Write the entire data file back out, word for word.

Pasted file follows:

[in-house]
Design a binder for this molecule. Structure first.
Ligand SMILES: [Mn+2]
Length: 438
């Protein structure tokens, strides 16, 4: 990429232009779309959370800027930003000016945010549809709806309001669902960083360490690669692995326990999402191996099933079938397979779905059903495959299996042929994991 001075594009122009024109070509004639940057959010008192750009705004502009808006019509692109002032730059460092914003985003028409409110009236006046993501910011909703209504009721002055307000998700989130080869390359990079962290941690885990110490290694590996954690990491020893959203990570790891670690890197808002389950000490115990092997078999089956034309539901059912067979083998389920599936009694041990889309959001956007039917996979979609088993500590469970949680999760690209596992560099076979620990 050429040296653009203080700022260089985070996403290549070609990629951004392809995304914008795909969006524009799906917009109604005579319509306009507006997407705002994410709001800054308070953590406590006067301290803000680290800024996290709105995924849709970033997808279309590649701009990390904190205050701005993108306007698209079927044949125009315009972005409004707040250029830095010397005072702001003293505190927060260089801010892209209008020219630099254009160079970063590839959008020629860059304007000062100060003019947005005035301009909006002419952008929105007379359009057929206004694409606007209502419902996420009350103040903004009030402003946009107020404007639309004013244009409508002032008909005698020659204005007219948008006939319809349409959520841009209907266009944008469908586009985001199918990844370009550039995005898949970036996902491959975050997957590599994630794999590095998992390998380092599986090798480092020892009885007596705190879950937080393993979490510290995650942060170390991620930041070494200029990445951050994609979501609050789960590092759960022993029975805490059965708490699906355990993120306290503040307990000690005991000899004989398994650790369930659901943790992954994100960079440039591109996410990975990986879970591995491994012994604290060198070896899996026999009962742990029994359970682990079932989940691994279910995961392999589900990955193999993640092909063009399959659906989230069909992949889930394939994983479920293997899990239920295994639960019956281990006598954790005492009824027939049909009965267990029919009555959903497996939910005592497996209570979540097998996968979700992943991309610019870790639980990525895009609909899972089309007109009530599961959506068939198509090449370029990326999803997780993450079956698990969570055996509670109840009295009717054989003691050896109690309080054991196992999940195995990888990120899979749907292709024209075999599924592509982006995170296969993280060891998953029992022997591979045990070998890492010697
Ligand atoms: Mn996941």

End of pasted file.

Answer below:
[in-house]
Design a binder for this molecule. Structure first.
Ligand SMILES: [Mn+2]
Length: 438
């Protein structure tokens, strides 16, 4: 990429232009779309959370800027930003000016945010549809709806309001669902960083360490690669692995326990999402191996099933079938397979779905059903495959299996042929994991 001075594009122009024109070509004639940057959010008192750009705004502009808006019509692109002032730059460092914003985003028409409110009236006046993501910011909703209504009721002055307000998700989130080869390359990079962290941690885990110490290694590996954690990491020893959203990570790891670690890197808002389950000490115990092997078999089956034309539901059912067979083998389920599936009694041990889309959001956007039917996979979609088993500590469970949680999760690209596992560099076979620990 050429040296653009203080700022260089985070996403290549070609990629951004392809995304914008795909969006524009799906917009109604005579319509306009507006997407705002994410709001800054308070953590406590006067301290803000680290800024996290709105995924849709970033997808279309590649701009990390904190205050701005993108306007698209079927044949125009315009972005409004707040250029830095010397005072702001003293505190927060260089801010892209209008020219630099254009160079970063590839959008020629860059304007000062100060003019947005005035301009909006002419952008929105007379359009057929206004694409606007209502419902996420009350103040903004009030402003946009107020404007639309004013244009409508002032008909005698020659204005007219948008006939319809349409959520841009209907266009944008469908586009985001199918990844370009550039995005898949970036996902491959975050997957590599994630794999590095998992390998380092599986090798480092020892009885007596705190879950937080393993979490510290995650942060170390991620930041070494200029990445951050994609979501609050789960590092759960022993029975805490059965708490699906355990993120306290503040307990000690005991000899004989398994650790369930659901943790992954994100960079440039591109996410990975990986879970591995491994012994604290060198070896899996026999009962742990029994359970682990079932989940691994279910995961392999589900990955193999993640092909063009399959659906989230069909992949889930394939994983479920293997899990239920295994639960019956281990006598954790005492009824027939049909009965267990029919009555959903497996939910005592497996209570979540097998996968979700992943991309610019870790639980990525895009609909899972089309007109009530599961959506068939198509090449370029990326999803997780993450079956698990969570055996509670109840009295009717054989003691050896109690309080054991196992999940195995990888990120899979749907292709024209075999599924592509982006995170296969993280060891998953029992022997591979045990070998890492010697
Ligand atoms: Mn996941």